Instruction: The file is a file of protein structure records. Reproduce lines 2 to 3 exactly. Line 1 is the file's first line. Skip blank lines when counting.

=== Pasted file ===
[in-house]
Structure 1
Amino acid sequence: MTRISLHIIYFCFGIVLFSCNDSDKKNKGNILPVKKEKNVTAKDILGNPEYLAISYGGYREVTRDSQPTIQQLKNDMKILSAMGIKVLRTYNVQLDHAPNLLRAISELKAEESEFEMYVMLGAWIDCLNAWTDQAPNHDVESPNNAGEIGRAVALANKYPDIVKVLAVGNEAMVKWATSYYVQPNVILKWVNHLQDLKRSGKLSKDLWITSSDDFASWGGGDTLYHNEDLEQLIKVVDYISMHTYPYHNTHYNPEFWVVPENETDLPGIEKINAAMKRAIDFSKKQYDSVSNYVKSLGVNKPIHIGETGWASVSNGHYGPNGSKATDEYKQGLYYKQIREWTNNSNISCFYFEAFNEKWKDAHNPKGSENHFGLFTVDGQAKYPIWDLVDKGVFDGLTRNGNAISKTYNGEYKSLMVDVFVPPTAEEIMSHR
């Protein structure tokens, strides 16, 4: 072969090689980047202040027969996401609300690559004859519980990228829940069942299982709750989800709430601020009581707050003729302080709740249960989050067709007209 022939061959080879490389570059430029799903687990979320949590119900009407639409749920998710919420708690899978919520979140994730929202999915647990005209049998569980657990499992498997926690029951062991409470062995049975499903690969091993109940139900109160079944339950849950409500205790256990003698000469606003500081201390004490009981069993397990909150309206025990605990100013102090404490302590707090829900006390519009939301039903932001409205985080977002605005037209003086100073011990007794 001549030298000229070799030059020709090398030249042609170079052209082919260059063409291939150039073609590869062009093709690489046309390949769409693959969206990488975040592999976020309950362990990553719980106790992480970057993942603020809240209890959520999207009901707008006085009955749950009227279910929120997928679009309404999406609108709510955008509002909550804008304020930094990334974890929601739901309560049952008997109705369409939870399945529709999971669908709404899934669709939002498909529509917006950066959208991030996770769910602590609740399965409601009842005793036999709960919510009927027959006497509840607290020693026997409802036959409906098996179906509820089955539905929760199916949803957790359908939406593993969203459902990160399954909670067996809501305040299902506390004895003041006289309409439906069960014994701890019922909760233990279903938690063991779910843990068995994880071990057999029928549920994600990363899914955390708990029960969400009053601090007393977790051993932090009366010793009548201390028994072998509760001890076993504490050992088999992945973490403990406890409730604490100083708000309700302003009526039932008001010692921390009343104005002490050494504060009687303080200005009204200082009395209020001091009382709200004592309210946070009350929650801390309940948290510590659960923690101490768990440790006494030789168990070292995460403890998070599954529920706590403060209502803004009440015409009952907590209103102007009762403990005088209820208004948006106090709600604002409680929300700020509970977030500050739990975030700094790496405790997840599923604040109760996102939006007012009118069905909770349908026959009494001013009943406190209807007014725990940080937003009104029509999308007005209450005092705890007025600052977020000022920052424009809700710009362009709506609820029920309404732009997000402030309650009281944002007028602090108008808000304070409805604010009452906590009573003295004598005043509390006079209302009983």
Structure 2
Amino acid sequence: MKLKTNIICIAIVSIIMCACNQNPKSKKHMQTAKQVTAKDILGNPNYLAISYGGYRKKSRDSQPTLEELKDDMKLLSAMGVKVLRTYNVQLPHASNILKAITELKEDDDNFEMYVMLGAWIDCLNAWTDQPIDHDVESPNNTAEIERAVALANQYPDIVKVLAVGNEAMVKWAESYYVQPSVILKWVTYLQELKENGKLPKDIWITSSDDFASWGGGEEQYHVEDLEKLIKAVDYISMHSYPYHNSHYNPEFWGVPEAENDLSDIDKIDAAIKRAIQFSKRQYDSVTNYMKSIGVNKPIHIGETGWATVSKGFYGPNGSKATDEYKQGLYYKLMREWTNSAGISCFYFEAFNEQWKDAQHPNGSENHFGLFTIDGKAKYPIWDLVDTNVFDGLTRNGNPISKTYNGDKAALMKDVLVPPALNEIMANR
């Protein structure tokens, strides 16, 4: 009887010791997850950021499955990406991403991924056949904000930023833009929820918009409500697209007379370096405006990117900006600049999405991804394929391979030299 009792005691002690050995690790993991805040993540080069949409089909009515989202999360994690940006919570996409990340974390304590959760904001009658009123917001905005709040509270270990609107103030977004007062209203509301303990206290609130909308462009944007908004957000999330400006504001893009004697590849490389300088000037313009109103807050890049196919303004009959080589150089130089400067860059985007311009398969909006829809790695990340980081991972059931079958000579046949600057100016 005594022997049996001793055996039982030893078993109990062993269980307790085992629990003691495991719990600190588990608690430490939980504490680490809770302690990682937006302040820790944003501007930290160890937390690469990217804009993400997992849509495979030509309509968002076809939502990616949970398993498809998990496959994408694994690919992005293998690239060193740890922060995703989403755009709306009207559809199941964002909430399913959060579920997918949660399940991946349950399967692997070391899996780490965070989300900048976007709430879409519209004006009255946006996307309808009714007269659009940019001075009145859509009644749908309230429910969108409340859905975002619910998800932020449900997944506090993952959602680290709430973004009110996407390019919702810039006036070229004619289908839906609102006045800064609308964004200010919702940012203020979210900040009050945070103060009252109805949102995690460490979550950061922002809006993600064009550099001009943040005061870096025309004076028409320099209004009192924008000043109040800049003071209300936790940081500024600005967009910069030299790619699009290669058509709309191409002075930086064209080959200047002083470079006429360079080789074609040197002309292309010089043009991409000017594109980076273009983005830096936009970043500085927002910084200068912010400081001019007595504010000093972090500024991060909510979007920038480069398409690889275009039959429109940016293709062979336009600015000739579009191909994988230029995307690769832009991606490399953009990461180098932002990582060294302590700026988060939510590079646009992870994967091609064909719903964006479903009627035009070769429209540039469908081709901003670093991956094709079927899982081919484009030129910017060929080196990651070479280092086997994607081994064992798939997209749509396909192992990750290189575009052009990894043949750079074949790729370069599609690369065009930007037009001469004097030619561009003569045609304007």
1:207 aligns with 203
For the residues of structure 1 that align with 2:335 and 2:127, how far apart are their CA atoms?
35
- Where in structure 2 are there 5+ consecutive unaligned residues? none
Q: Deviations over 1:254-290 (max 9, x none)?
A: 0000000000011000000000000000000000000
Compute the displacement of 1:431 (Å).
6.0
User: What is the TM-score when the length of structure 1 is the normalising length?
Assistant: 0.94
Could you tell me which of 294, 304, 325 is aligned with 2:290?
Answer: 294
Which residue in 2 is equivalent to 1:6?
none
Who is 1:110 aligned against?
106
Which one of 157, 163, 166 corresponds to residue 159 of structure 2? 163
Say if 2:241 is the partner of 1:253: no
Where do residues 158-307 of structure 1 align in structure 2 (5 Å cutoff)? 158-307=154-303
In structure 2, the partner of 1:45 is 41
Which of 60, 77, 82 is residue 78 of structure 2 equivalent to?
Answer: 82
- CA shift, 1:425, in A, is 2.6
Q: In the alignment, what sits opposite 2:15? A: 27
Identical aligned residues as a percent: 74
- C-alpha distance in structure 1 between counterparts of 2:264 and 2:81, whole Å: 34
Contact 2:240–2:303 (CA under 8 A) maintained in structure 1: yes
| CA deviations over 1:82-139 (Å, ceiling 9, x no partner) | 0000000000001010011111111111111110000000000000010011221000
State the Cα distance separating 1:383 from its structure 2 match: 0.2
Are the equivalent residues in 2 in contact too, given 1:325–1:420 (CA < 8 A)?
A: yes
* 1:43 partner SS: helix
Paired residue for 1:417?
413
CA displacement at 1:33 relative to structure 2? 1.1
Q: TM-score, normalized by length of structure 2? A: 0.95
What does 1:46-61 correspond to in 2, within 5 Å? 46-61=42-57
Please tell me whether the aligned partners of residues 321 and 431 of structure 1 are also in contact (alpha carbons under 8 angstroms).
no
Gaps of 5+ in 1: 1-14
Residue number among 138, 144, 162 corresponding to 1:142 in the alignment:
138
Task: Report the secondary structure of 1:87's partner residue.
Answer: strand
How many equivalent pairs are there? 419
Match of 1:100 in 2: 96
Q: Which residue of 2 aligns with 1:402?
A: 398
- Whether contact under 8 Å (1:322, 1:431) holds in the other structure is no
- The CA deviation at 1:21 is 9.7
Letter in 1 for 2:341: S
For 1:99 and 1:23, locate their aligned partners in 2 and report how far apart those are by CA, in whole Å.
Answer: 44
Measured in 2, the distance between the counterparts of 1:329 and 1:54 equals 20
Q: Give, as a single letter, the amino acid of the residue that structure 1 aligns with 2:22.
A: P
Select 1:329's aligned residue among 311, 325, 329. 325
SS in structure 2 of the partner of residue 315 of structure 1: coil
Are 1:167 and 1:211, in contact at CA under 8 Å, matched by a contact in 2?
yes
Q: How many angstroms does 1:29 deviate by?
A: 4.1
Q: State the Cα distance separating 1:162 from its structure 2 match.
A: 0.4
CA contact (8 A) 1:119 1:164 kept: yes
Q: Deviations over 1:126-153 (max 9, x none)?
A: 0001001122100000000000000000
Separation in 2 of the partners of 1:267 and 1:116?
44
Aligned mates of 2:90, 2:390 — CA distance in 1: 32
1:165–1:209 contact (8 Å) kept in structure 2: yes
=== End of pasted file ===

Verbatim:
Structure 1
Amino acid sequence: MTRISLHIIYFCFGIVLFSCNDSDKKNKGNILPVKKEKNVTAKDILGNPEYLAISYGGYREVTRDSQPTIQQLKNDMKILSAMGIKVLRTYNVQLDHAPNLLRAISELKAEESEFEMYVMLGAWIDCLNAWTDQAPNHDVESPNNAGEIGRAVALANKYPDIVKVLAVGNEAMVKWATSYYVQPNVILKWVNHLQDLKRSGKLSKDLWITSSDDFASWGGGDTLYHNEDLEQLIKVVDYISMHTYPYHNTHYNPEFWVVPENETDLPGIEKINAAMKRAIDFSKKQYDSVSNYVKSLGVNKPIHIGETGWASVSNGHYGPNGSKATDEYKQGLYYKQIREWTNNSNISCFYFEAFNEKWKDAHNPKGSENHFGLFTVDGQAKYPIWDLVDKGVFDGLTRNGNAISKTYNGEYKSLMVDVFVPPTAEEIMSHR